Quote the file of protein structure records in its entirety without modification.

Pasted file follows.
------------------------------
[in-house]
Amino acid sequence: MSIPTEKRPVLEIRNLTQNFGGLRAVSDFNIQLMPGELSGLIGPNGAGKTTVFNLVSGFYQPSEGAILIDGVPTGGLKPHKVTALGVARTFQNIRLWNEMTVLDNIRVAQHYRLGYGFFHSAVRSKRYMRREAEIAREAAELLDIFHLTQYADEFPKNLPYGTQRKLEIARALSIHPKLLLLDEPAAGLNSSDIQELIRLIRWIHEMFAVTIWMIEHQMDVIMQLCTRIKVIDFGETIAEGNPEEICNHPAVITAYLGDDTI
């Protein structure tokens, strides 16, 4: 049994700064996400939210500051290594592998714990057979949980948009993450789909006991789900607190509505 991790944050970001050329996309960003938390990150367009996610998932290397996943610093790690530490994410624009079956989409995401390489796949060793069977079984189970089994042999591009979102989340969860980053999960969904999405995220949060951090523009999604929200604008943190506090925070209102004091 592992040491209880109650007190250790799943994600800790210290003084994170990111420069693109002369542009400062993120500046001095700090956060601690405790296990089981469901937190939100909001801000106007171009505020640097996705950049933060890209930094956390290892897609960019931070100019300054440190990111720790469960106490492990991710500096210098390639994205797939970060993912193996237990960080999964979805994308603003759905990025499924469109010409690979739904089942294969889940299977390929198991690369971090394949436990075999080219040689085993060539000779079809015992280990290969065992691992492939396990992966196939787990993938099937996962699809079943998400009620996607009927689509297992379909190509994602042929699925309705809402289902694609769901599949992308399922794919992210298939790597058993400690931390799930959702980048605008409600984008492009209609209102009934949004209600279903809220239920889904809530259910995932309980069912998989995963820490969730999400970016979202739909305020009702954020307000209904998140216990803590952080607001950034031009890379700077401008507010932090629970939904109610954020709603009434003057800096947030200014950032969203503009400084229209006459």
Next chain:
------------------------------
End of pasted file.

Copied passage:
[in-house]
Amino acid sequence: MSIPTEKRPVLEIRNLTQNFGGLRAVSDFNIQLMPGELSGLIGPNGAGKTTVFNLVSGFYQPSEGAILIDGVPTGGLKPHKVTALGVARTFQNIRLWNEMTVLDNIRVAQHYRLGYGFFHSAVRSKRYMRREAEIAREAAELLDIFHLTQYADEFPKNLPYGTQRKLEIARALSIHPKLLLLDEPAAGLNSSDIQELIRLIRWIHEMFAVTIWMIEHQMDVIMQLCTRIKVIDFGETIAEGNPEEICNHPAVITAYLGDDTI
């Protein structure tokens, strides 16, 4: 049994700064996400939210500051290594592998714990057979949980948009993450789909006991789900607190509505 991790944050970001050329996309960003938390990150367009996610998932290397996943610093790690530490994410624009079956989409995401390489796949060793069977079984189970089994042999591009979102989340969860980053999960969904999405995220949060951090523009999604929200604008943190506090925070209102004091 592992040491209880109650007190250790799943994600800790210290003084994170990111420069693109002369542009400062993120500046001095700090956060601690405790296990089981469901937190939100909001801000106007171009505020640097996705950049933060890209930094956390290892897609960019931070100019300054440190990111720790469960106490492990991710500096210098390639994205797939970060993912193996237990960080999964979805994308603003759905990025499924469109010409690979739904089942294969889940299977390929198991690369971090394949436990075999080219040689085993060539000779079809015992280990290969065992691992492939396990992966196939787990993938099937996962699809079943998400009620996607009927689509297992379909190509994602042929699925309705809402289902694609769901599949992308399922794919992210298939790597058993400690931390799930959702980048605008409600984008492009209609209102009934949004209600279903809220239920889904809530259910995932309980069912998989995963820490969730999400970016979202739909305020009702954020307000209904998140216990803590952080607001950034031009890379700077401008507010932090629970939904109610954020709603009434003057800096947030200014950032969203503009400084229209006459």
Next chain: